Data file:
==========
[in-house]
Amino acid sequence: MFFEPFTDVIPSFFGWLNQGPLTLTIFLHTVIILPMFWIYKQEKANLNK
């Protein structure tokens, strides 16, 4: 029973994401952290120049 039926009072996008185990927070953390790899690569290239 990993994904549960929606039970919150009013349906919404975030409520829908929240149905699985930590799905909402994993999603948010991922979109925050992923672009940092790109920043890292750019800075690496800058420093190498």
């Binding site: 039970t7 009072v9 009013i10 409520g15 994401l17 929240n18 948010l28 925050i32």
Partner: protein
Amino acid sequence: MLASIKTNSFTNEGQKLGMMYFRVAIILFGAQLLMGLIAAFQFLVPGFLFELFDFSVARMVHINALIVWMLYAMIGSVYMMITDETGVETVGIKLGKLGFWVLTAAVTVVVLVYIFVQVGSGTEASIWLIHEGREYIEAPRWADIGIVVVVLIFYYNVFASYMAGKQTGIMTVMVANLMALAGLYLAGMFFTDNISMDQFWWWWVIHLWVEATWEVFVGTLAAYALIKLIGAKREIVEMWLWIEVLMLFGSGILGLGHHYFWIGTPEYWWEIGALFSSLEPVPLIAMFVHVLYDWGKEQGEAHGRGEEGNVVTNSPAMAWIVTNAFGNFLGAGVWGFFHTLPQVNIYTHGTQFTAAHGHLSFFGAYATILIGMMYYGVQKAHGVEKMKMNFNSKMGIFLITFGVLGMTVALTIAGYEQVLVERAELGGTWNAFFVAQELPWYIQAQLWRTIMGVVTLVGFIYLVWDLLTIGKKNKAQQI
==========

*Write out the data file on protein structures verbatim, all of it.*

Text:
[in-house]
Amino acid sequence: MFFEPFTDVIPSFFGWLNQGPLTLTIFLHTVIILPMFWIYKQEKANLNK
């Protein structure tokens, strides 16, 4: 029973994401952290120049 039926009072996008185990927070953390790899690569290239 990993994904549960929606039970919150009013349906919404975030409520829908929240149905699985930590799905909402994993999603948010991922979109925050992923672009940092790109920043890292750019800075690496800058420093190498």
């Binding site: 039970t7 009072v9 009013i10 409520g15 994401l17 929240n18 948010l28 925050i32």
Partner: protein
Amino acid sequence: MLASIKTNSFTNEGQKLGMMYFRVAIILFGAQLLMGLIAAFQFLVPGFLFELFDFSVARMVHINALIVWMLYAMIGSVYMMITDETGVETVGIKLGKLGFWVLTAAVTVVVLVYIFVQVGSGTEASIWLIHEGREYIEAPRWADIGIVVVVLIFYYNVFASYMAGKQTGIMTVMVANLMALAGLYLAGMFFTDNISMDQFWWWWVIHLWVEATWEVFVGTLAAYALIKLIGAKREIVEMWLWIEVLMLFGSGILGLGHHYFWIGTPEYWWEIGALFSSLEPVPLIAMFVHVLYDWGKEQGEAHGRGEEGNVVTNSPAMAWIVTNAFGNFLGAGVWGFFHTLPQVNIYTHGTQFTAAHGHLSFFGAYATILIGMMYYGVQKAHGVEKMKMNFNSKMGIFLITFGVLGMTVALTIAGYEQVLVERAELGGTWNAFFVAQELPWYIQAQLWRTIMGVVTLVGFIYLVWDLLTIGKKNKAQQI